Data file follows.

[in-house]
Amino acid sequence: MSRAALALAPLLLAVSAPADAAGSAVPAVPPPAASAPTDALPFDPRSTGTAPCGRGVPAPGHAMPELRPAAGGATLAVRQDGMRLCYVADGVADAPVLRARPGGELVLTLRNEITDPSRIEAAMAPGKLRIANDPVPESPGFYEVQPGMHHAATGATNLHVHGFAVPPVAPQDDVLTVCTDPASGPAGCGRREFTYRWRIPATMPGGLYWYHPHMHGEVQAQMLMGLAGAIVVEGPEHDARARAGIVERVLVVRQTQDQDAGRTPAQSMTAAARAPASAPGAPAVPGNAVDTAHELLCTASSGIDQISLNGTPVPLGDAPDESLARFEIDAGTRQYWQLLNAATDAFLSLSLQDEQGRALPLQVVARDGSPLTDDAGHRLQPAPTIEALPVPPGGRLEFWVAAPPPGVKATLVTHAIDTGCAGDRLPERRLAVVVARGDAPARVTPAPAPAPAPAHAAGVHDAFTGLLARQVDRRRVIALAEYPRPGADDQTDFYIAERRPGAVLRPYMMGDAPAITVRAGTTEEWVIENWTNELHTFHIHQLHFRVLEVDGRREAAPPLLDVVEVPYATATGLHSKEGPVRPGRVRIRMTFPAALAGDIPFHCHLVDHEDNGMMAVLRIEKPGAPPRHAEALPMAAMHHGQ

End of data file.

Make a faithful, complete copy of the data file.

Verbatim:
[in-house]
Amino acid sequence: MSRAALALAPLLLAVSAPADAAGSAVPAVPPPAASAPTDALPFDPRSTGTAPCGRGVPAPGHAMPELRPAAGGATLAVRQDGMRLCYVADGVADAPVLRARPGGELVLTLRNEITDPSRIEAAMAPGKLRIANDPVPESPGFYEVQPGMHHAATGATNLHVHGFAVPPVAPQDDVLTVCTDPASGPAGCGRREFTYRWRIPATMPGGLYWYHPHMHGEVQAQMLMGLAGAIVVEGPEHDARARAGIVERVLVVRQTQDQDAGRTPAQSMTAAARAPASAPGAPAVPGNAVDTAHELLCTASSGIDQISLNGTPVPLGDAPDESLARFEIDAGTRQYWQLLNAATDAFLSLSLQDEQGRALPLQVVARDGSPLTDDAGHRLQPAPTIEALPVPPGGRLEFWVAAPPPGVKATLVTHAIDTGCAGDRLPERRLAVVVARGDAPARVTPAPAPAPAPAHAAGVHDAFTGLLARQVDRRRVIALAEYPRPGADDQTDFYIAERRPGAVLRPYMMGDAPAITVRAGTTEEWVIENWTNELHTFHIHQLHFRVLEVDGRREAAPPLLDVVEVPYATATGLHSKEGPVRPGRVRIRMTFPAALAGDIPFHCHLVDHEDNGMMAVLRIEKPGAPPRHAEALPMAAMHHGQ